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Researching the Fortress of Louisbourg National Historic Site of Canada
  Recherche sur la Forteresse-de-Louisbourg Lieu historique national du Canada



Microfiche Report Series 83


Margaret Fortier


Fortress of Louisbourg

Part Two - The Outports


Modern-day reports of "old French roads" sometimes suggest that the French of Ile Royale were the greatest road builders since the ancient Romans. In fact, only a few roads were officially sanctioned and paid for by the French government. These were built wide enough for vehicular traffic with drainage ditches and bridges. What other "roads" there were most likely resembled those described in an account of the travels of Reverend James MacGregor at the end of the 18th century. Roads then: 

consisted merely in cutting out the trees in the line of travel, sufficiently to form a sort of bridle path. The stumps were not removed, nor was the ground levelled or thrown up. This, however, enabled the traveller to proceed on horseback. This was so much gained, but if any modern thinks, that this secured more rapid locomotion, he only betrays his ignorance of the subject. A good walker would not only keep up with a traveller on horseback but often get ahead of him. The ground was generally soft, and sometimes so deep, that the horse could scarcely carry its rider ... [1] 

Des Barres noticed in 1817 that the roads of Cape Breton were "more pathways or avenues cut through the forest ..." [2]

There is no specific documentary information regarding the building of the road which ran from the Dauphin Gate, the main landward entrance to the town of Louisbourg, and the Barachois De Lasson. Known in the 1750s as the Rue Du Fauxbourg, the road seems to have run close to the shore as far as the southeastern corner of the barachois. This point was known as the passage due to the ferry service maintained there between the fauxbourg and the opposite shore of the barachois. [3]

In 1734 a proposal was made to build a causeway and bridge from the fauxbourg to the tip of the peninsula conceded to George Lasson. During this period the peninsula extended twice as far as it does today. The section which is now underwater was essentially a sandbar used exclusively for drying fish. [4] It was felt that the proposed causeway and bridge would both facilitate travel around the harbour and create a sheltered wintering place for boats within the barachois. By 1738 everyone seemed to agree in principle with the project, and the necessary plans were drawn up by Verrier. A severe storm in January 1740 washed out the road along the fauxbourg. This served to reinforce the commitment of the colony's officials to the project, but their sense of urgency was not shared by their superiors in France who decided to postpone it indefinitely. Construction was begun, however, on a dike or retaining wall along the shore which would act as a buffer between the rebuilt wall and the sea. [5]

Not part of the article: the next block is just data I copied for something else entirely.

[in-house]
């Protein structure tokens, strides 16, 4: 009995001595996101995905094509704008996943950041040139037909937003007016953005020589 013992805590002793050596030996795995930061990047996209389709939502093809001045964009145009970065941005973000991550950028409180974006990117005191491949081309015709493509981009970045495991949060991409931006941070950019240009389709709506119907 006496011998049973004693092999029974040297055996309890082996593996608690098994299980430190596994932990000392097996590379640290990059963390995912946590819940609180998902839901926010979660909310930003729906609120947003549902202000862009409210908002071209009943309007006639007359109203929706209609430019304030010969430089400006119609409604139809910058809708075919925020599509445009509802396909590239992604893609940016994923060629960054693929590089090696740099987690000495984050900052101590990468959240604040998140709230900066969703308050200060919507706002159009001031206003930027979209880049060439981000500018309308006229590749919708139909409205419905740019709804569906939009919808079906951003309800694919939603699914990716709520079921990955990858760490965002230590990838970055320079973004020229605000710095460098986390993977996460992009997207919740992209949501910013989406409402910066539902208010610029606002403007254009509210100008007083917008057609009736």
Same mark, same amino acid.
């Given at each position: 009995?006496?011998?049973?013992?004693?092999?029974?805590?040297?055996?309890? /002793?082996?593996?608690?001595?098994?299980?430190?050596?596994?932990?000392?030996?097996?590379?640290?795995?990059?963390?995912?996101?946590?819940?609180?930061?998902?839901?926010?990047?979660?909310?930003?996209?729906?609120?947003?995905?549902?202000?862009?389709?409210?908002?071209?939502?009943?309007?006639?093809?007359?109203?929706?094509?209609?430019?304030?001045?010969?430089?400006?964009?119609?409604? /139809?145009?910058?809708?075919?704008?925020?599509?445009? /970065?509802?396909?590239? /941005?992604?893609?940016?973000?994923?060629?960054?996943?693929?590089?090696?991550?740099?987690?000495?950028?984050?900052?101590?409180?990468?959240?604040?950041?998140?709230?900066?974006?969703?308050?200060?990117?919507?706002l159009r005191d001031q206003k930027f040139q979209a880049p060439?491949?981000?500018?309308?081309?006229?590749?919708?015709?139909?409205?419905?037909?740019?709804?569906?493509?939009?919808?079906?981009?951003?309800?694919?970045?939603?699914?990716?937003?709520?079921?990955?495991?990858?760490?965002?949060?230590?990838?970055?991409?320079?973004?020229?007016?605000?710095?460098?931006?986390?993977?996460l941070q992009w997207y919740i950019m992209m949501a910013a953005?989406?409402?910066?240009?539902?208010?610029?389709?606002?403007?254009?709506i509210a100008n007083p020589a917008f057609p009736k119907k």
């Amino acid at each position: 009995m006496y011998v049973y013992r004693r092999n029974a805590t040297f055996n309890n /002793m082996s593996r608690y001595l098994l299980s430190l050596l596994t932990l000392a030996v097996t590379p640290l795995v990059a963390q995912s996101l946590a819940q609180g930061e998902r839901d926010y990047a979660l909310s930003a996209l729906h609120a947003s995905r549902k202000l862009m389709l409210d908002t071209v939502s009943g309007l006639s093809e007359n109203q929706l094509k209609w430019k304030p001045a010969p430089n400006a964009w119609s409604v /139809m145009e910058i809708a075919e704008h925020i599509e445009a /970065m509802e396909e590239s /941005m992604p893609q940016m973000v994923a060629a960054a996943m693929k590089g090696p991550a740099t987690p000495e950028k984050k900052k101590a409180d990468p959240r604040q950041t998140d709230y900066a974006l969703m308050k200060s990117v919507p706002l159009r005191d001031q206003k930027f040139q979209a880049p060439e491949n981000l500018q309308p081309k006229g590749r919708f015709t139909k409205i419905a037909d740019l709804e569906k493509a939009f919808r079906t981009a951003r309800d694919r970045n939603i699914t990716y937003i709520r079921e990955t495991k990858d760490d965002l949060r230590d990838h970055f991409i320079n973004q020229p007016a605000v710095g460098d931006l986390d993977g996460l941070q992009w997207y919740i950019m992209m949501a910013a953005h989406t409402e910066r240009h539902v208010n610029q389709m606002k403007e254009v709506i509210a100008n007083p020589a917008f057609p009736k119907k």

A few plans indicate the presence of a bridge from the fauxbourg to Lasson's sandbar, but there is no record of one ever having been built. [6] In the fall of 1738 the Minister of the Marine was informed that the road from the south side of the barachois had been extended to the junction of the roads to Miré and the Royal Battery. This, he was told, greatly facilitated travel around the harbour. [7] It also made construction of a bridge in conjunction with the causeway unnecessary. [8] It is not known if the French discontinued the ferry service when this section of road was completed. If so, it seems to have been resumed in the 1750s, at which time Guillaume Aufray was engaged by Louis Friquet to conduct a canot across the barachois. [9]

The newly completed barachois road ran between two properties situated at the passage, then followed the south shore of the barachois across a stream, to a cove where a substantial bridge was required. Some properties are described in the 1750s as bordering on the chemin du barachois and another "rue". Exactly what this second road was cannot be identified. It may have been one of the roads opened by the New Englanders during the 1745 siege. On the barachois' northern and western shores the road lay, for the most part, some distance from the water's edge. Three more streams had to be crossed. The last bridge became known as the Pont de St. Esprit. On the far side of that bridge the road continued some distance from the shore to the beginning of the road to the Miré. [10]